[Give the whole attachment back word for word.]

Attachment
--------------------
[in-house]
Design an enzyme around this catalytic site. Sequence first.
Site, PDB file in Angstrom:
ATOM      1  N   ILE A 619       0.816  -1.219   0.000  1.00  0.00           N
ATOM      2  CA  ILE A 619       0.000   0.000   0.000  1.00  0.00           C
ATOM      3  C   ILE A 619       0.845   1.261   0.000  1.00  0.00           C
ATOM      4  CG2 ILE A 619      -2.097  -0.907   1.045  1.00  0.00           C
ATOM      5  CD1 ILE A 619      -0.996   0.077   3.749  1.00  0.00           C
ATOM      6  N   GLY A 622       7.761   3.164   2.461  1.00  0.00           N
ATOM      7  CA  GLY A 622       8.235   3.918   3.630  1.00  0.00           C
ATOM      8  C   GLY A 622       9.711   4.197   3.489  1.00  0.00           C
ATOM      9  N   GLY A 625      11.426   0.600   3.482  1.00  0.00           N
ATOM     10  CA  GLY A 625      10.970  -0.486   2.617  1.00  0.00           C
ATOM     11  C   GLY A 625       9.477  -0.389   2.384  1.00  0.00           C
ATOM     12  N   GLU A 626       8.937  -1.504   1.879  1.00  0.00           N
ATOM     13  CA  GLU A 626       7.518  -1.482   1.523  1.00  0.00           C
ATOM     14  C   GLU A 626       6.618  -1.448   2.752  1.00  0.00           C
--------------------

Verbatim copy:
[in-house]
Design an enzyme around this catalytic site. Sequence first.
Site, PDB file in Angstrom:
ATOM      1  N   ILE A 619       0.816  -1.219   0.000  1.00  0.00           N
ATOM      2  CA  ILE A 619       0.000   0.000   0.000  1.00  0.00           C
ATOM      3  C   ILE A 619       0.845   1.261   0.000  1.00  0.00           C
ATOM      4  CG2 ILE A 619      -2.097  -0.907   1.045  1.00  0.00           C
ATOM      5  CD1 ILE A 619      -0.996   0.077   3.749  1.00  0.00           C
ATOM      6  N   GLY A 622       7.761   3.164   2.461  1.00  0.00           N
ATOM      7  CA  GLY A 622       8.235   3.918   3.630  1.00  0.00           C
ATOM      8  C   GLY A 622       9.711   4.197   3.489  1.00  0.00           C
ATOM      9  N   GLY A 625      11.426   0.600   3.482  1.00  0.00           N
ATOM     10  CA  GLY A 625      10.970  -0.486   2.617  1.00  0.00           C
ATOM     11  C   GLY A 625       9.477  -0.389   2.384  1.00  0.00           C
ATOM     12  N   GLU A 626       8.937  -1.504   1.879  1.00  0.00           N
ATOM     13  CA  GLU A 626       7.518  -1.482   1.523  1.00  0.00           C
ATOM     14  C   GLU A 626       6.618  -1.448   2.752  1.00  0.00           C